Cardinal Francis George said he was as surprised as everyone else when Pope Benedict XVI announced he was stepping down, saying he saw the pontiff briefly last week in Rome and “there was not the slightest indication in my mind.”
But George added during a news conference that Benedict "looks like a man who’s feeling the weight of his years.”
The cardinal, who will return to Rome to elect a new pope, said Benedict's public role was a particular burden.
"It the public role that the most effort for him and takes the most energy from him," George said, calling Benedict an introvert. "He gets tired in big crowds. . .The teaching, the decision-making [is] relatively easy in comparison to the public role."
Earlier, in a statement, George said Benedict "placed the will of God for the good of the church before every other consideration" when he decided to resign.
"He has taught with clarity and charity what God has revealed to the world in Christ, he has handed on the apostolic faith, he has loved all of God’s people with all his heart," George said in a statement. "He has now shown great courage in deciding, after prayer and soul-searching, to resign his office at the end of this month.
"With the gratitude of sons and daughters in our hearts, we ask the Lord to bless him and give him strength, as we begin to pray now for the one who will succeed him as Bishop of Rome, Successor of Peter and Vicar of Christ."
Joliet Bishop Daniel Conlon said the pope's decision "is consistent with the humble disposition that I have come to recognize in him, both in my brief personal encounters with him and in his deportment generally as earthly shepherd of the church.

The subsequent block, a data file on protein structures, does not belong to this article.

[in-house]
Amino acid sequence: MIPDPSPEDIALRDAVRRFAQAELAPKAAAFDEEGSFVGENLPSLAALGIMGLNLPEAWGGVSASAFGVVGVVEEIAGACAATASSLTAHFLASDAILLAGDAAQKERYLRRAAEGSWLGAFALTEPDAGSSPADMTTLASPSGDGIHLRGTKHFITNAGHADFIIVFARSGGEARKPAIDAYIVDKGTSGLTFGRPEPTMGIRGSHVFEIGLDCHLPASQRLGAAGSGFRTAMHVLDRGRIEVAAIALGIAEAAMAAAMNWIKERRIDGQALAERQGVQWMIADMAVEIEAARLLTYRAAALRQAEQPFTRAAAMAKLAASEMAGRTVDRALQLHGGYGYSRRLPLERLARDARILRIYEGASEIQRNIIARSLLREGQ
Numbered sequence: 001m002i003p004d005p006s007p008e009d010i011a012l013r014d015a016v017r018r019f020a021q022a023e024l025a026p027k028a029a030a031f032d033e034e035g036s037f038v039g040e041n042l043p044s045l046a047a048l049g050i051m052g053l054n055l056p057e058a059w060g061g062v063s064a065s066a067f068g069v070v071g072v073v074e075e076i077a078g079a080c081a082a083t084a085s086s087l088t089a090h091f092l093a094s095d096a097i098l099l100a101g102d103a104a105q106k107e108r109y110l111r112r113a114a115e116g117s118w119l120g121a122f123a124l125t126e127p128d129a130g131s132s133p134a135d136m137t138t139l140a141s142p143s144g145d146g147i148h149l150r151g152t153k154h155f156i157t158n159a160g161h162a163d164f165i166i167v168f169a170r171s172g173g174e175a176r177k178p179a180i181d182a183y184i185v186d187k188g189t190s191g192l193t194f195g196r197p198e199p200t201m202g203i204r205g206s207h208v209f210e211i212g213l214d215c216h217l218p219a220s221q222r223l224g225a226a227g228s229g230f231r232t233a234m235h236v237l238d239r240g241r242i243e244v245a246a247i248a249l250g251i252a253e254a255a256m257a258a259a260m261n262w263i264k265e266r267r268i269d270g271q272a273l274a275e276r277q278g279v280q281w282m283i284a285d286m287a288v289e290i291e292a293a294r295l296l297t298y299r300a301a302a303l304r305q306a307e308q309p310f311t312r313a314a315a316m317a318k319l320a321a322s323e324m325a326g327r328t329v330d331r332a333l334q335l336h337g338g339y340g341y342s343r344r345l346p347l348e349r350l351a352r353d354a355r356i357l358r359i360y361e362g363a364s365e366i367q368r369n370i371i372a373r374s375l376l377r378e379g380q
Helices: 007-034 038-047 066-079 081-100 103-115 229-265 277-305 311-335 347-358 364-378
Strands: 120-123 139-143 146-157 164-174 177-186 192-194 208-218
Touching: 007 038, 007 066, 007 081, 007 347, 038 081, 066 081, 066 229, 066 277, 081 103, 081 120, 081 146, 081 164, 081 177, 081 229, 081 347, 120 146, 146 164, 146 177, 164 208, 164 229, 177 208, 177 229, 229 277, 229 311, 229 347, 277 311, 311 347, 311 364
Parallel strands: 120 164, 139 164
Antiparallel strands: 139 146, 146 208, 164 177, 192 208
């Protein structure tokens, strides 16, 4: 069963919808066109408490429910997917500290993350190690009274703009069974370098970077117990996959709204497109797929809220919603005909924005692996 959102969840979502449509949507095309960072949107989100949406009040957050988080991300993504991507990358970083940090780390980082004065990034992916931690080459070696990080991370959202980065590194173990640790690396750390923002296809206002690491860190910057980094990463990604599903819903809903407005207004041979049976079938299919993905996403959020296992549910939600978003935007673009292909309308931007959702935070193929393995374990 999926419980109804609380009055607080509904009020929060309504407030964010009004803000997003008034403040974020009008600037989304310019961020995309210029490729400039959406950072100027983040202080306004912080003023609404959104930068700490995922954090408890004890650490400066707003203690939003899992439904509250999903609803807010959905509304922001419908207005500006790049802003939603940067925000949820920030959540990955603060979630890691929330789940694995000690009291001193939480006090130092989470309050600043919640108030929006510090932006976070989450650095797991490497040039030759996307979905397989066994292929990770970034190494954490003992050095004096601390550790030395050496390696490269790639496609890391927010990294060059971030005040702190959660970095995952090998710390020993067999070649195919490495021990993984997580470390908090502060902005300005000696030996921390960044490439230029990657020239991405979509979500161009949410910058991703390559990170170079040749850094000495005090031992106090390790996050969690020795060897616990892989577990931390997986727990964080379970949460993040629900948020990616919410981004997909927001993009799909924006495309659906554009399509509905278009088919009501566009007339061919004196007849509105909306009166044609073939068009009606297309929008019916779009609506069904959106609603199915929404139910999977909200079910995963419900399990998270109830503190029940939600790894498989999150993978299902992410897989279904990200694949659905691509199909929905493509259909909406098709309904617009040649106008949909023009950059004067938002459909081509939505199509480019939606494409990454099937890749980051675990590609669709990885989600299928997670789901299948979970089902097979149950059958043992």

"He recognized that he no longer had the physical gifts necessary to carry out an office that becomes increasingly demanding," Conlon said. "He has been a steady and calm presence in the face of tumult in the world. He has persevered in Blessed John Paul II’s determination to confront the scandal of child abuse in the church."
Benedict shocked the world by saying he no longer had the mental and physical strength to cope with his ministry, in an announcement that left his aides "incredulous" and will make him the first pontiff to step down since the Middle Ages.
The German-born pope, 85, admired as a hero by conservative Roman Catholics and viewed with suspicion by liberals, told cardinals in Latin that his strength had deteriorated recently. He will step down on Feb. 28 and the Vatican expects a new Pope to be chosen by the end of March.
Vatican spokesman Father Federico Lombardi said the pope had not decided to resign because of "difficulties in the papacy" and the move had been a surprise, indicating that even his inner circle was unaware that he was about to quit.
A priest at St. Peter's Church in the Loop said the news is "surprising but not terrifying," saying it will allow the church to continue to renew itself.
“It’s a new beginning and a chance for new energy in the church,” said the Rev. Ed Shea. "This is good news.”
The selection of a new pope will offer the church the chance to continue its emergence into the “the modern light, the modern world,” Shea said.
It will also provide a chance to choose a pope from Africa or South America, he said, to reflect the growth of the church on those continents.
“I was shocked, like everybody else,” Father Ed Shea said. “It kind of surprised me that we didn’t know about it ahead of time.”
As worshipers left a morning mass at St. Peter’s this morning, several said the pope’s announcement had caught them completely by surprise.
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